Preventing violence: evaluating outcomes of parenting programmes
This new publication seeks to increase understanding of the need for, and the process of, conducting outcome evaluations of parenting programmes in low- and middle-income countries.
The result of a collaboration between the University of Cape Town, WHO, UNICEF, and the WHO-led Violence Prevention Alliance, the guidance is aimed at policy-makers; programme planners and developers; high-level practitioners in government ministries; representatives of nongovernmental and community-based organizations; and donors working in the area of violence prevention. This project and publication was kindly funded by the UBS Optimus Foundation.
The publication focuses on parenting programmes to prevent child maltreatment and other forms of violence later in life such as youth and intimate partner violence. It is made up of three main sections:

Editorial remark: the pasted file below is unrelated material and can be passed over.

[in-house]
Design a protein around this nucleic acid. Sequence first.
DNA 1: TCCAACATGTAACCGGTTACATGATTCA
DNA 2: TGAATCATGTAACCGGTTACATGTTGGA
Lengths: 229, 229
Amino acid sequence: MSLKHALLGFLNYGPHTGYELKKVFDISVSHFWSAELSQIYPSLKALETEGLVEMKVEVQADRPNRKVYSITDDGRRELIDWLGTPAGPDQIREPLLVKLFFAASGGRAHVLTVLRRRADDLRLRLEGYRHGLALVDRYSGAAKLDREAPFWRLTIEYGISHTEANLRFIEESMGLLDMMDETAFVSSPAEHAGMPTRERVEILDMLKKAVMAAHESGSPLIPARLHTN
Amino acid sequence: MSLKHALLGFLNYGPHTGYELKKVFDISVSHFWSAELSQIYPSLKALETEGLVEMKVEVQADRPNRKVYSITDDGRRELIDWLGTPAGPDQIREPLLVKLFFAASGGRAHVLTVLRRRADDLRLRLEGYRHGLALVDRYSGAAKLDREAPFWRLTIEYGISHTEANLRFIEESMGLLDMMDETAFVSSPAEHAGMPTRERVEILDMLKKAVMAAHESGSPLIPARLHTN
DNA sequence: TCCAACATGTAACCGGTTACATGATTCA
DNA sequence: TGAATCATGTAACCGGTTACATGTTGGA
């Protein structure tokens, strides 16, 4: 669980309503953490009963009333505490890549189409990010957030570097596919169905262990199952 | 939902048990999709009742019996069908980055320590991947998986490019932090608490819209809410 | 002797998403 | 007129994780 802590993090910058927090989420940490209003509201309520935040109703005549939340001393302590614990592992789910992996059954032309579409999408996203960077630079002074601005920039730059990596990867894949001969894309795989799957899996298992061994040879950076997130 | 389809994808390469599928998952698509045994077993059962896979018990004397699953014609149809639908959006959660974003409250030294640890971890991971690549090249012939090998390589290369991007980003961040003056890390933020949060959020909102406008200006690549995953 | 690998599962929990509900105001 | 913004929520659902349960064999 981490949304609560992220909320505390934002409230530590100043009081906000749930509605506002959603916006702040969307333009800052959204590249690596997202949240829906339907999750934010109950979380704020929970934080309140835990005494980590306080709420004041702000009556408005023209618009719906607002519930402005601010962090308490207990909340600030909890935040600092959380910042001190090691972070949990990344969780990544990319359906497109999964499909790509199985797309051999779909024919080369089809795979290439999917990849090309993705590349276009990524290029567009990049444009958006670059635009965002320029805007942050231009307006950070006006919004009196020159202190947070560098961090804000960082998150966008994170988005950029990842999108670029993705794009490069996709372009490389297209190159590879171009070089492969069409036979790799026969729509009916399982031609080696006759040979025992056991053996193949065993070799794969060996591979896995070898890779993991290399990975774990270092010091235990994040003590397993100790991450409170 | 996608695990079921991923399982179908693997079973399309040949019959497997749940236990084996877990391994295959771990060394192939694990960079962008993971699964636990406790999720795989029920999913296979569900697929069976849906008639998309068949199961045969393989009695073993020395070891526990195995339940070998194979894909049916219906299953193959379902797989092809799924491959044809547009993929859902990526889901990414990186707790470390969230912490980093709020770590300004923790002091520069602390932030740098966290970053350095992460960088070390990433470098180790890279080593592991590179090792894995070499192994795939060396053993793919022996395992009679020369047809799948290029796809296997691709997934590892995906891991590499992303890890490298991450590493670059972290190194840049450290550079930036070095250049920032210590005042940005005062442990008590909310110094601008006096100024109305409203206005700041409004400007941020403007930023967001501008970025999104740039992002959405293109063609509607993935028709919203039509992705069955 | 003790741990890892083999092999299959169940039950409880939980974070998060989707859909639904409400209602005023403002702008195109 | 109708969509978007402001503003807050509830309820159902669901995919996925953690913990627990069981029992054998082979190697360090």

- Section 1 defines outcome evaluations, explains why they are important and counters some of the oft-encountered justifications for not doing them.
- Section 2 reviews the evidence for the effectiveness of parenting programmes to prevent violence, discusses adapting parenting programmes to other cultures, and identifies some of the main features of effective programmes.
- Section 3 describes the activities that need to be completed before an evaluation can be carried out and the six steps of the evaluation process.
Supplementing this publication is a web-appendix which includes links to useful evaluation websites, evaluation guides, key scientific papers on evaluation, and a list of evaluators working in the area of parenting programmes to prevent violence.